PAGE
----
BBB National Programs Archive


New York, NY – Jan. 24, 2012 -The National Advertising Division of the Council of Better Business Bureaus has recommended that Cablevision Systems Corporation modify “3x faster” claims to better disclose the basis of comparison and limit all future “3X Faster” claims to download speeds. NAD determined that the advertiser could support the claim that Optimum online has Internet “speeds up to 50 Mbps for downloads and up to 8 Mbps for uploads.”

The claims at issue were challenged before NAD, the advertising industry’s self-regulatory forum, by Verizon Communications, Inc.

NAD examined the following express claims: 

  • “Internet speeds 3X faster than FiOS”
  • “NEW! 3X faster than FiOS”
  • “ALL NEW! … 3X faster Internet than FiOS”
  • “You’ll get Optimum Online Boost Plus, with Internet three times faster than FiOS”
    • Optimum online has Internet “speeds up to 50 Mbps for downloads and up to 8 Mbps for uploads”
    • NAD also consider the following implied claims:
    • Cablevision’s Internet speed offerings are three times faster than the Internet speeds that FiOS can offer
    • Cablevision has newly improved the speed of its Internet offerings to be three times faster than those of FiOS
    • Cablevision provides sustained Internet speeds of 50 Mbps for downloads and up to 8 Mbps for uploads
  • “Verizon FiOS Triple Play” download speeds are “at 15 Mbps.”
  • FiOS and/or FiOS Triple Play offers Internet download speeds of no more than 15 Mbps.


(Full text of decision available to media upon request.)

The issue before NAD was what message or messages were conveyed by the advertiser’s television commercials, direct mailings, free-standing inserts and website promotions for Optimum Online Ultimate Triple Play bundled package with Boost Plus Internet, advertised as “3X Faster than FiOS.” Verizon asserted that Cablevision’s claim that its Optimum Online Boost Plus Internet service is “3X faster than FiOS” is literally false because Verizon FiOS offers Internet download speeds of up to 150 Mbps and upload speeds of up to 35 Mbps – both as stand-alone service and as part of a Triple Play bundle.  In addition, Verizon argued that the claim is not – as the advertiser contended – limited to a comparison of Cablevision’s newest triple play package with its fastest Internet service (Boost Plus at 50Mbps/ 8Mbps) to Verizon’s “most advertised” or “comparably priced” triple play package at 15 Mbps/ 5Mbps.

Cablevision, meanwhile, argued that the challenged  “3X faster” claims truthfully compared the maximum advertised Internet speed offered by its Ultimate Triple Play package with Boost Plus Internet (i.e., 50 Mbps downstream and 8 Mbps upstream) and the maximum advertised Internet speed offered by Verizon’s comparably priced FiOS Triple Play package (i.e., 15 Mbps downstream and 5 Mbps upstream) – a package advertised extensively by Verizon in Cablevision’s service area.  In assessing the message or messages communicated by an advertising claim, NAD considers the literal meaning of the challenged claim, the context in which the claim appears, and the complexity of the product or service offered.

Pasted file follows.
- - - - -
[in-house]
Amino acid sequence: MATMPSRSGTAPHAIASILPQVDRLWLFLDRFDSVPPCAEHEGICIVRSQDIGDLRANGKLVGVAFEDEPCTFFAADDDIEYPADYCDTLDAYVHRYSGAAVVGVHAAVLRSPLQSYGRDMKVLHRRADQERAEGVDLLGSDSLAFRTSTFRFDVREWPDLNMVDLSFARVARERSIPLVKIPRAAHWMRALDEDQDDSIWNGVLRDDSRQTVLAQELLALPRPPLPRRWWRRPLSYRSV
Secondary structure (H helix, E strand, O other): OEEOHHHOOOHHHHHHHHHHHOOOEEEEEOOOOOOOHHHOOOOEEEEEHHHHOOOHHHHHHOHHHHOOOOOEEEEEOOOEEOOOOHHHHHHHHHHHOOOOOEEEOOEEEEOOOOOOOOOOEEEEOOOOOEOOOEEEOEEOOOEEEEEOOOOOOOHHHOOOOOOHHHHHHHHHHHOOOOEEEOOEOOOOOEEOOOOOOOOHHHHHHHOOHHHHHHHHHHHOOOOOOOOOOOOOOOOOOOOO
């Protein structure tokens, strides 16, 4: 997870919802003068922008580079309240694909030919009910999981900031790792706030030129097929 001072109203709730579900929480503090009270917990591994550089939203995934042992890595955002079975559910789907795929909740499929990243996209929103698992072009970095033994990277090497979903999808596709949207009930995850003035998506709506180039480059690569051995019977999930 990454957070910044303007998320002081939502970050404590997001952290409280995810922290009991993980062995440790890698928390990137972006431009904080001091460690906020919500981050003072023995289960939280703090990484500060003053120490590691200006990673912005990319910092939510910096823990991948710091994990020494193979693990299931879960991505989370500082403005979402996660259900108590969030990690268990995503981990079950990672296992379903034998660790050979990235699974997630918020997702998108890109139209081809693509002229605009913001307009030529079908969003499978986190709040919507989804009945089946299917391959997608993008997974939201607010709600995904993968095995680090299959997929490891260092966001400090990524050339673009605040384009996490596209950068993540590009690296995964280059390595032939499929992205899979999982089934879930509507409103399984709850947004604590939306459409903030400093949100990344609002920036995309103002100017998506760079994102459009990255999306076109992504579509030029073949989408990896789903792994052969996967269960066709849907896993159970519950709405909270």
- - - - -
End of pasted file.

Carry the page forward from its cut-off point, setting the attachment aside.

Employing these standards, NAD determined that at least one interpretation of Cablevision’s “3X Faster” claims is that Cablevision’s Boost Plus Internet service is, overall, three times faster than FiOS’ Internet service – a claim which is not supported by the evidence in the record. The advertiser argued that Verizon’s comparably priced Triple Play package is heavily promoted by Verizon as “FiOS,” and it is reasonable to expect that consumers viewing the challenged Cablevision advertisements equate the reference to “FiOS” with  Verizon’s most advertised Triple Play bundle.

NAD did not agree. 

“While it is true that NAD considers challenged claims in the context of industry practices and the marketplace, advertisers cannot require consumers to recall advertisements of competitors in order to accurately interpret the meaning of their own advertising claims,” NAD noted in its decision. “This is especially true in this marketplace where technology is constantly evolving and new products with faster Internet speeds are frequently advertised.”

NAD next considered the advertiser’s argument that the basis of comparison for the “3X faster than FiOS” claims was made clear by the disclosure: “Speed comparison based on Optimum Online Boost  Plus at 50 Mbps and Verizon FiOS Triple Play at 15 Mbps.”

In this context, NAD determined that the advertiser’s disclosure contradicted the main message conveyed by the “3X Faster than FiOS” claim and was insufficient to adequately qualify the challenged advertisements’ prominent, overarching message that Boost Plus is three times faster than “FiOS.”